Pushing climate proposals will produce consequences
During a Congressional hearing last week, U.S. Rep. David McKinley, R-W.Va., hosted a panel of experts to help lawmakers focus on the costs of moving too quickly in our effort to address the health of our environment and the transition of our economy.
At the forefront of the discussion was not the idea that we must make changes — just about everyone can agree on that — but that we must do so at breakneck speed without regard to the harm it will do to ordinary citizens. As McKinley pointed out, even President Joe Biden’s U.S. Special Presidential Envoy for Climate John Kerry has acknowledged if we could flip a switch and go to zero emissions tomorrow, it would have no effect on global CO2 levels. Countries such as China and India would have to shut off emissions, too. Meanwhile, Americans would pay the price.
“President Biden and Congressional Democrats are pushing climate proposals calling for zero carbon emissions from power plants by 2035 and net zero emissions economy wide by 2050,” McKinley said. “Can this be done? Yes. But there are consequences. Rising energy prices, massive job losses, dangerously high global CO2 levels, and we will still have extreme weather events.”
For households, the push would mean doubling electricity prices by 2035, if we go 100% renewable, according to McKinley. For industries such as steel and aluminum, that price increase could be crippling.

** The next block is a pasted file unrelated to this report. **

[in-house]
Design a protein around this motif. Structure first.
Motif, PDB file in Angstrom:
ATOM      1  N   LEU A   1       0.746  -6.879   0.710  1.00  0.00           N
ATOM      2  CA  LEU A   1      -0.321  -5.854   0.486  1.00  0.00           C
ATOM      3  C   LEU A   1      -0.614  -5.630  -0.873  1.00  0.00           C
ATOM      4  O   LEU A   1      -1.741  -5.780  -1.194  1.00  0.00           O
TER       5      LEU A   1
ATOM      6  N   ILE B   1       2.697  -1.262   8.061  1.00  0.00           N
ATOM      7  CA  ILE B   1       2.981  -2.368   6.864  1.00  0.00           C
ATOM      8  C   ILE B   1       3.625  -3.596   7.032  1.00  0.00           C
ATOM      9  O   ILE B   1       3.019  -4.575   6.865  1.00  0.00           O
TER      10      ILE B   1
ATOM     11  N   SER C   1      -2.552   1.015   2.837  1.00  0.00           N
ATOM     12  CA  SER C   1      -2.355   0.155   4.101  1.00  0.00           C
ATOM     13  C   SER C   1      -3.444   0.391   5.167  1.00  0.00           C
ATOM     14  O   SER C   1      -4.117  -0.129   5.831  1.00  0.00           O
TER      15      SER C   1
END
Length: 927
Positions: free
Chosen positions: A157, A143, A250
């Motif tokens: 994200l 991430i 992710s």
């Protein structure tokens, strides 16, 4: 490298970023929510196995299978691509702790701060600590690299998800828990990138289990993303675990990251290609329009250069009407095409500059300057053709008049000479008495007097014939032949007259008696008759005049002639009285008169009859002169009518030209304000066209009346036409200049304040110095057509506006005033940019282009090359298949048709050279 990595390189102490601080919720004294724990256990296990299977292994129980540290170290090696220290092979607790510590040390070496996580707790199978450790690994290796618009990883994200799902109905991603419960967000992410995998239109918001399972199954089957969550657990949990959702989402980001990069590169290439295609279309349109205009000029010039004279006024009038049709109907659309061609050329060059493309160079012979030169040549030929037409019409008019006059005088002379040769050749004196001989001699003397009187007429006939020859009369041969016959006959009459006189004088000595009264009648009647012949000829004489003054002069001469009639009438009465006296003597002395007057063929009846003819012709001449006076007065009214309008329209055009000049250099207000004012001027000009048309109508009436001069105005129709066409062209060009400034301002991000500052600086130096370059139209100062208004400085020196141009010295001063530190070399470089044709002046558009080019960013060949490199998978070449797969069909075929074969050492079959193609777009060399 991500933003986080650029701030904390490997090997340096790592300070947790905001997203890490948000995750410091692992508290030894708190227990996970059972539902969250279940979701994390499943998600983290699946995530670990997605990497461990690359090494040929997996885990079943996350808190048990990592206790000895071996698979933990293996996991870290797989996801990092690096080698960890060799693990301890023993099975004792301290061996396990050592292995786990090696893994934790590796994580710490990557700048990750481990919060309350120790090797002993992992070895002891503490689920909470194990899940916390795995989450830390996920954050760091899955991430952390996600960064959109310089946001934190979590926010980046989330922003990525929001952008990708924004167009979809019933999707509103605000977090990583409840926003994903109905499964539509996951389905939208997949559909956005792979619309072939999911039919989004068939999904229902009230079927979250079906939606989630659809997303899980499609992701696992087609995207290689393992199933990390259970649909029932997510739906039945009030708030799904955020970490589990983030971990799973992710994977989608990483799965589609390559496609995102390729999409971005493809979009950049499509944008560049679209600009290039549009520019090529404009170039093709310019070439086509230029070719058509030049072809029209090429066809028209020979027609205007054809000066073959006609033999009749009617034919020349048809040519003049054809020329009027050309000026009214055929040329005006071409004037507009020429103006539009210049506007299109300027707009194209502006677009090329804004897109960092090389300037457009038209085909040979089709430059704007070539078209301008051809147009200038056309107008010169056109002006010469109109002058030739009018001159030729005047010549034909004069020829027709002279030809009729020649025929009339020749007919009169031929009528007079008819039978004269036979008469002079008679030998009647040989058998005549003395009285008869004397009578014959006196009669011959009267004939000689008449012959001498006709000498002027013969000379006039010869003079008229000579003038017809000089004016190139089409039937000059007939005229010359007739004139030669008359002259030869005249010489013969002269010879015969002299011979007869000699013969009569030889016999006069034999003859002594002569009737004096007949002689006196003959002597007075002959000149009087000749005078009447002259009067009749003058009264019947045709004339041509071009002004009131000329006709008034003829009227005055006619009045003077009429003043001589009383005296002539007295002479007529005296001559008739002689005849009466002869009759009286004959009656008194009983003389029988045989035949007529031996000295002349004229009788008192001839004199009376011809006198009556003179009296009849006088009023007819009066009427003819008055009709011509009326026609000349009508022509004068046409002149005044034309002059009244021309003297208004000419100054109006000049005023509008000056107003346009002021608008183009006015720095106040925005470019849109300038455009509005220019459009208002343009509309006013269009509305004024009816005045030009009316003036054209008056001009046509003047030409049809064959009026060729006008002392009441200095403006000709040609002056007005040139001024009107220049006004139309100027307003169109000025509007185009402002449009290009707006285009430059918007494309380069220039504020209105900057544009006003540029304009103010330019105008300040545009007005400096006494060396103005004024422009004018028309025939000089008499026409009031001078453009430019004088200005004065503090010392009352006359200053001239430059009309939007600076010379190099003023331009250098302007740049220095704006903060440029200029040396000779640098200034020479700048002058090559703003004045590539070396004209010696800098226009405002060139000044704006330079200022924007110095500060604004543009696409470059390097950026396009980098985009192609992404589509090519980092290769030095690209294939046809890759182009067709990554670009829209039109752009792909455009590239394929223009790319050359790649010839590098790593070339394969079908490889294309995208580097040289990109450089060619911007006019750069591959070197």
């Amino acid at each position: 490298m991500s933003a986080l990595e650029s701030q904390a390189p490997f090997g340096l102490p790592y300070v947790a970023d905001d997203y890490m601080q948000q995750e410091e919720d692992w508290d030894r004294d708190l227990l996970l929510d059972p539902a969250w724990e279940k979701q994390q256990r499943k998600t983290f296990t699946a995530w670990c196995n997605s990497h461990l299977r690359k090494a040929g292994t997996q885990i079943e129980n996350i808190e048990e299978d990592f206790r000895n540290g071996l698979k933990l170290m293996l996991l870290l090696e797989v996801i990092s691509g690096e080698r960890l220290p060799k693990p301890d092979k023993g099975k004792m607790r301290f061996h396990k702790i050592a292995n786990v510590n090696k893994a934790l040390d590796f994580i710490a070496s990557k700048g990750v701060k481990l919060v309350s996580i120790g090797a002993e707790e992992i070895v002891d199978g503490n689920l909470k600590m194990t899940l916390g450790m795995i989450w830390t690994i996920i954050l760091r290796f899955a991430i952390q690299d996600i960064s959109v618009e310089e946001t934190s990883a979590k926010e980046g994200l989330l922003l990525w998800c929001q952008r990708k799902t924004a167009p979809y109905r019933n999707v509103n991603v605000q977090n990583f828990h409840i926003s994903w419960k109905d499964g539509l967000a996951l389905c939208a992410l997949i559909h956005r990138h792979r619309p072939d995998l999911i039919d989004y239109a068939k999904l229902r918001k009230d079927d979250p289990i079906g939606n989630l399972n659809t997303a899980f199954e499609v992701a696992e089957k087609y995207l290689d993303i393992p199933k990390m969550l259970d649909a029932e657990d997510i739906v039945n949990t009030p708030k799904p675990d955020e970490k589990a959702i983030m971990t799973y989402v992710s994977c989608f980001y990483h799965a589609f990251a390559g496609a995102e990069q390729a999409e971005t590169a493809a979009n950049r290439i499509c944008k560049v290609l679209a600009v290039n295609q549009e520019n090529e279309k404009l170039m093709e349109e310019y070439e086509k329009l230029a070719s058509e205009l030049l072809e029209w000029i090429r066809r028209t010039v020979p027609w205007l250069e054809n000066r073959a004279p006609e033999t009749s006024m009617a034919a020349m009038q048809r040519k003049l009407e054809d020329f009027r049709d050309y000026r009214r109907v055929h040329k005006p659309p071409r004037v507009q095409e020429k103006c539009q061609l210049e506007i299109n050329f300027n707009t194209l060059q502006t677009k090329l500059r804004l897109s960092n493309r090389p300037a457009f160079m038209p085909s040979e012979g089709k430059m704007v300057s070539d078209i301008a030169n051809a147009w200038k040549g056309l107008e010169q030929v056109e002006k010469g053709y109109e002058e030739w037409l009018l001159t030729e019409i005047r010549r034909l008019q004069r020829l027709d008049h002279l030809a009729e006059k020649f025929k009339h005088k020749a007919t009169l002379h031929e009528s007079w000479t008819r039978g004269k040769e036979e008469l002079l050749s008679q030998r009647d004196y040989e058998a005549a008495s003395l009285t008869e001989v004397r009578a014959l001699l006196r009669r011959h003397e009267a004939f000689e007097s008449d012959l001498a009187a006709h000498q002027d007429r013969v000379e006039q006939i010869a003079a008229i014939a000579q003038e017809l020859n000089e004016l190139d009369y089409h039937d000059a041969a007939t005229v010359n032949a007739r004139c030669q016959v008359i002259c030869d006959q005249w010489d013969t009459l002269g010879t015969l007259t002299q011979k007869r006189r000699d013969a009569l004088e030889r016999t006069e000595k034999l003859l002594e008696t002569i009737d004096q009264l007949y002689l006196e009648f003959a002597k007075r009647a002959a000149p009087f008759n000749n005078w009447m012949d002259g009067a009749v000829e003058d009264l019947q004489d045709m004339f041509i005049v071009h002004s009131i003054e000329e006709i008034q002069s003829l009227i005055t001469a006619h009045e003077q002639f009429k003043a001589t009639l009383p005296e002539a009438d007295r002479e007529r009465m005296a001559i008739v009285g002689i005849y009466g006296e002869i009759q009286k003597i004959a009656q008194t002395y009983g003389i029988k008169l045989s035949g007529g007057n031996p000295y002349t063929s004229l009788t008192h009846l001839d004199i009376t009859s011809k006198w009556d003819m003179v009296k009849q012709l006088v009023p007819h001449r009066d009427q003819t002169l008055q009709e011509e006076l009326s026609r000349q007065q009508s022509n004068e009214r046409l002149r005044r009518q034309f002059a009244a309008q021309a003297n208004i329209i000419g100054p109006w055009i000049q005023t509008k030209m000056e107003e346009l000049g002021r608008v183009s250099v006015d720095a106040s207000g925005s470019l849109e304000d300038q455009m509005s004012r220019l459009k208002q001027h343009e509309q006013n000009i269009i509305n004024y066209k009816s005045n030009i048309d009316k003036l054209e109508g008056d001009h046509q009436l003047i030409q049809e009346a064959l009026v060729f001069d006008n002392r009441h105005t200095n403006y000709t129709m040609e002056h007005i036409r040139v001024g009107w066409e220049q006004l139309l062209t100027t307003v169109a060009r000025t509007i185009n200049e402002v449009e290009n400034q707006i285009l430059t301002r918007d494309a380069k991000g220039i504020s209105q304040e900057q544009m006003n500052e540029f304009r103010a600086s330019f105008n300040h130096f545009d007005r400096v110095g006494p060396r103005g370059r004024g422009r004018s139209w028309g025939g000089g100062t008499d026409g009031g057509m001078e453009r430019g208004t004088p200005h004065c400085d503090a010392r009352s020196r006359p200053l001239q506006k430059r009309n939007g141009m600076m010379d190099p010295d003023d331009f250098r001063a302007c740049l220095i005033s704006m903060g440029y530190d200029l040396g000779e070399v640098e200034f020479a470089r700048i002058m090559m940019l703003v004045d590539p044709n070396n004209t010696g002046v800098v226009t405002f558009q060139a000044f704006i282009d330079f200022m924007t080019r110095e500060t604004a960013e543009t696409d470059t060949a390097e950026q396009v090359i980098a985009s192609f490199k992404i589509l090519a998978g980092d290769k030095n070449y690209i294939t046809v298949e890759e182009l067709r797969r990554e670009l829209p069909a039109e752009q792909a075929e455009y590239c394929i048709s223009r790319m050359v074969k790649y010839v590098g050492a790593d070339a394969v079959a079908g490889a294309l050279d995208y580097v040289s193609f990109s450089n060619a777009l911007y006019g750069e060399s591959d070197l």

And of course there’s the matter of what to do for the tens of thousands of coal jobs in this country, the loss of which would affect families directly, and communities through not just the loss of income for their citizens, but loss of tax revenue.In coal country, population would scatter — more than it already has.
“Let’s use McDowell County, W.Va., for example. The closure of coal mines and power plants in McDowell County caused a loss of 80% of its population,” McKinley said.
Of course the solution is not to throw up our hands and forget about tackling this issue. The solution is, as those at the hearing were told, research, innovation, and a determination to take care of the planet and each other. It can be done. Americans can do just about anything they decide is important. The trick is getting everyone to agree on a course of action that makes sense, rather than scoring political points at the expense of vulnerable populations